The main strategic objective of hypersonic weapons will be deterring adversaries in the region from interfering with Chinese actions. The inability to defend against hypersonic weapons drive decision-makers to strike pre-emptively. Hallen explains, “As hypersonic systems are currently only vulnerable before their launch, the only effective defence against a hypersonic system is to destroy it left of launch.”45 The decision to oppose Chinese actions must be done offensively to avoid, or minimize, their damage. Again, Hallen states, “When faced with a hypersonic threat, Airmen must adopt a more offensive mindset in confronting their adversary, which may even extend to preferring pre-emptive and preventative actions.”46 With China developing hypersonic weapons capable of being launched from ground sites, aircraft, and ships at sea, with production assumed at large scale, this pre-emptive strike option will be extremely difficult. The threat of wide-scale hypersonic weapons thus becomes a strong deterrent. Cummings goes so far as to state, “This makes hypersonic weapons a helpful tool for a fait accompli, a move so decisive (perhaps unexpected) that it instantly achieves the Clausewitzian ‘culminating point of victory’ against opposition that is either unable or unwilling to fight back.”47

The primary adversary toward which China is developing hypersonic weapons is the United States.48 Cummings states, “What’s obvious is that the audience for China’s hypersonic weapons is first and foremost the United States, who Beijing seeks to deter from interfering in portions of the Western Pacific that it sees as a privileged sphere of influence.”49 Regional states such as Japan, the Philippines, and Vietnam, will likely also be intimidated by China’s threat of hypersonics.50 Cummings reinforces the likely deterrent nature of Chinese hypersonic weapons by stating, “China would rather use these weapons to demonstrate backyard dominance without resorting to war. They want the United States to conclude that the benefits to maintaining its regional interests are not worth the costs of armed confrontation.”51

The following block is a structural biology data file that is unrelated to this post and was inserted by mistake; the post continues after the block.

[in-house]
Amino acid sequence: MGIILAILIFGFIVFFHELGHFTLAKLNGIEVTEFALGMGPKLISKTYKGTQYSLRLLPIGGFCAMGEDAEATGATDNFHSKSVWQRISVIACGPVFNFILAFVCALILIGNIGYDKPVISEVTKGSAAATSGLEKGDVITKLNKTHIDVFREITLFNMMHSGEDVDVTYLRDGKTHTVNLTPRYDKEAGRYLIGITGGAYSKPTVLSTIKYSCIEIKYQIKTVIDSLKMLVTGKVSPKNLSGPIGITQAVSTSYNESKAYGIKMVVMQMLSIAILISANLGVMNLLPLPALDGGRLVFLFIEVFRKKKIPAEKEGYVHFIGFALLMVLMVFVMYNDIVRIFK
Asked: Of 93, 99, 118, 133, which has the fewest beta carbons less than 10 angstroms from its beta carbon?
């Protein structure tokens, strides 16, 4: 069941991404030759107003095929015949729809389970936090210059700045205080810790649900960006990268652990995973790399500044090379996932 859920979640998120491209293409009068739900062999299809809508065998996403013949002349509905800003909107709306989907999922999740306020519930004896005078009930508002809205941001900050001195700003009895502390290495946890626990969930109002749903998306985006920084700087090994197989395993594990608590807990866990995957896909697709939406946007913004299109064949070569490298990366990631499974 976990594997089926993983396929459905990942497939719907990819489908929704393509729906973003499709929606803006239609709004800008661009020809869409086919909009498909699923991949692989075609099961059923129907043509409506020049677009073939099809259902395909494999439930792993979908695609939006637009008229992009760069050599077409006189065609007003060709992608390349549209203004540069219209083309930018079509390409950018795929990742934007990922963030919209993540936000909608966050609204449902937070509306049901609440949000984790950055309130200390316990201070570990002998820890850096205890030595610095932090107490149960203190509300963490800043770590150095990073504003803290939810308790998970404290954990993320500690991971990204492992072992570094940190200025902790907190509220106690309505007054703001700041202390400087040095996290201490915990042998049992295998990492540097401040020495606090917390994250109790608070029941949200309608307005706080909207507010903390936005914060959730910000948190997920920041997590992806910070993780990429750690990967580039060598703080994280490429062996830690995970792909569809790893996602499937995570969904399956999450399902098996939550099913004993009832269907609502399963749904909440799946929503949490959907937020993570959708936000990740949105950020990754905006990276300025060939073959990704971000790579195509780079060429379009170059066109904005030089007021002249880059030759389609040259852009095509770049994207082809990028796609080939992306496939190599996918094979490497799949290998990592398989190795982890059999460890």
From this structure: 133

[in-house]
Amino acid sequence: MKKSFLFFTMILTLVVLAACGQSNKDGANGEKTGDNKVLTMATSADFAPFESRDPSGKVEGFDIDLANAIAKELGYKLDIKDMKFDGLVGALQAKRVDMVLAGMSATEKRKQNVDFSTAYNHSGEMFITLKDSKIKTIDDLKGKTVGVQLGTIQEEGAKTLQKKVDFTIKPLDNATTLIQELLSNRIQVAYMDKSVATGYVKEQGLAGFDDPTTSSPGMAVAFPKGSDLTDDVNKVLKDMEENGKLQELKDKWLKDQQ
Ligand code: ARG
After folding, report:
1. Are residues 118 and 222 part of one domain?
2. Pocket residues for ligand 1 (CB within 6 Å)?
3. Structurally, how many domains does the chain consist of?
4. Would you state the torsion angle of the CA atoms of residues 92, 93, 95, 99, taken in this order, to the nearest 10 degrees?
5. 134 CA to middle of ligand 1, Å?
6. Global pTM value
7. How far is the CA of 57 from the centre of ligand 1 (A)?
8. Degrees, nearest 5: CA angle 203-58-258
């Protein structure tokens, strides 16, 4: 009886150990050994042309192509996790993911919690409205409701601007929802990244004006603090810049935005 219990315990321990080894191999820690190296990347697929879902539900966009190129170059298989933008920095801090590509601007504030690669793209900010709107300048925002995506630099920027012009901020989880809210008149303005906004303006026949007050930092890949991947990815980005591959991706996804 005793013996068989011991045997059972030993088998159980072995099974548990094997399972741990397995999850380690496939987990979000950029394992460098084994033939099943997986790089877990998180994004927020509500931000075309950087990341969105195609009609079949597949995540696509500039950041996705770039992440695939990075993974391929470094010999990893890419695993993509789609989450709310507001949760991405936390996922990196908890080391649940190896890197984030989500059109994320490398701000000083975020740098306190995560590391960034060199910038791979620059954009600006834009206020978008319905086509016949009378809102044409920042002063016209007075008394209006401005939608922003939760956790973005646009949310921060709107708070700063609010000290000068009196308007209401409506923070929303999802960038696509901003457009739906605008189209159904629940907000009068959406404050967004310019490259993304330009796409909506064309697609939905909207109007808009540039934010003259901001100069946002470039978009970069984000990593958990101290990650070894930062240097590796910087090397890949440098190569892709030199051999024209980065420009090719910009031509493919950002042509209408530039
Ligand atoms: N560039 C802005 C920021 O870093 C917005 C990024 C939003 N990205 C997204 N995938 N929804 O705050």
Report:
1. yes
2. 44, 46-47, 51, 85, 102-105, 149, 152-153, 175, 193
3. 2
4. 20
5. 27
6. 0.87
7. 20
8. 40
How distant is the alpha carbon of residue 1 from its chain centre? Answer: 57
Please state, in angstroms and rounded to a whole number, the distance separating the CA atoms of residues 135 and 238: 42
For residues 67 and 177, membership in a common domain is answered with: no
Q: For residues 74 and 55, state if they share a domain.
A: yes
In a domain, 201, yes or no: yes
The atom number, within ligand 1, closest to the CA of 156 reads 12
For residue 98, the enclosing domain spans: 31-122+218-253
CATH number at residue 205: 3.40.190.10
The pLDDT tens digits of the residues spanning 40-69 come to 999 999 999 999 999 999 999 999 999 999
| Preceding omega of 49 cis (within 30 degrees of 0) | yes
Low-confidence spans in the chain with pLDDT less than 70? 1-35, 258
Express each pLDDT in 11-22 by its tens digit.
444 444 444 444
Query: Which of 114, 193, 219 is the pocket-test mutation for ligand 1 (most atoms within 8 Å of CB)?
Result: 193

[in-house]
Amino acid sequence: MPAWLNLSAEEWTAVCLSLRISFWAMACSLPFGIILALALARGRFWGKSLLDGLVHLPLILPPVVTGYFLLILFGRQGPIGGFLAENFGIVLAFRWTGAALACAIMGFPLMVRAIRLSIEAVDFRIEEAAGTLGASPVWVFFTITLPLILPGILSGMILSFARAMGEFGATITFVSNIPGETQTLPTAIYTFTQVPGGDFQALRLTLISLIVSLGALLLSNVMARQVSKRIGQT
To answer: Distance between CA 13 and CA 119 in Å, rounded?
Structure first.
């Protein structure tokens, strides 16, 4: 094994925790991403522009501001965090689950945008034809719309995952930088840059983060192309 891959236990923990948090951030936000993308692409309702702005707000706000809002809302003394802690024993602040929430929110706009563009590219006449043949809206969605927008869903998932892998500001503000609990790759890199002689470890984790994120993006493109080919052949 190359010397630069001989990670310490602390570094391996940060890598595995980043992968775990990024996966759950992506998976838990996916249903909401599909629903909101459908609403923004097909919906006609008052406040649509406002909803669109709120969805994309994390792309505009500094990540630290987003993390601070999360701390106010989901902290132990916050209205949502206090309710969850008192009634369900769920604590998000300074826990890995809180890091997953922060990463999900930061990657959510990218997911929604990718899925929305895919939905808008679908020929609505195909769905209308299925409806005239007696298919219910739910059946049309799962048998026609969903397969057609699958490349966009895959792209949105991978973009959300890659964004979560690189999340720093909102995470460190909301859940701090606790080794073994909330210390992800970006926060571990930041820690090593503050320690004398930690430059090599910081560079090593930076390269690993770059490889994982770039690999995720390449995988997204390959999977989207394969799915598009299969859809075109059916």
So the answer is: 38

The development of hypersonic weapons is a key enabler of China’s military strategy of Limited Regional War of Informatization. The PLA will use hypersonic weapons to ensure China’s defense by projecting long-range offensive operations, using superior capabilities, to attack an adversary’s weak points. Hypersonic weapons fully support China’s military guidelines of active defense and post-strike response, as well as “the unity of strategic defense and offense at operational and tactical levels.”52 Western powers such as the United States should not be surprised by China’s development of hypersonic weapons as it fully supports China’s stated military strategy. Western powers should be extremely concerned, however. A defense against hypersonic weapons must be researched and developed. Until then, the United States should continue and accelerate its own research of hypersonic weapons. Deterring China through the threat of hypersonic weapons, in the same manner as China intends to deter the United States, may be the only near-term, achievable solution.

Ralph Bentley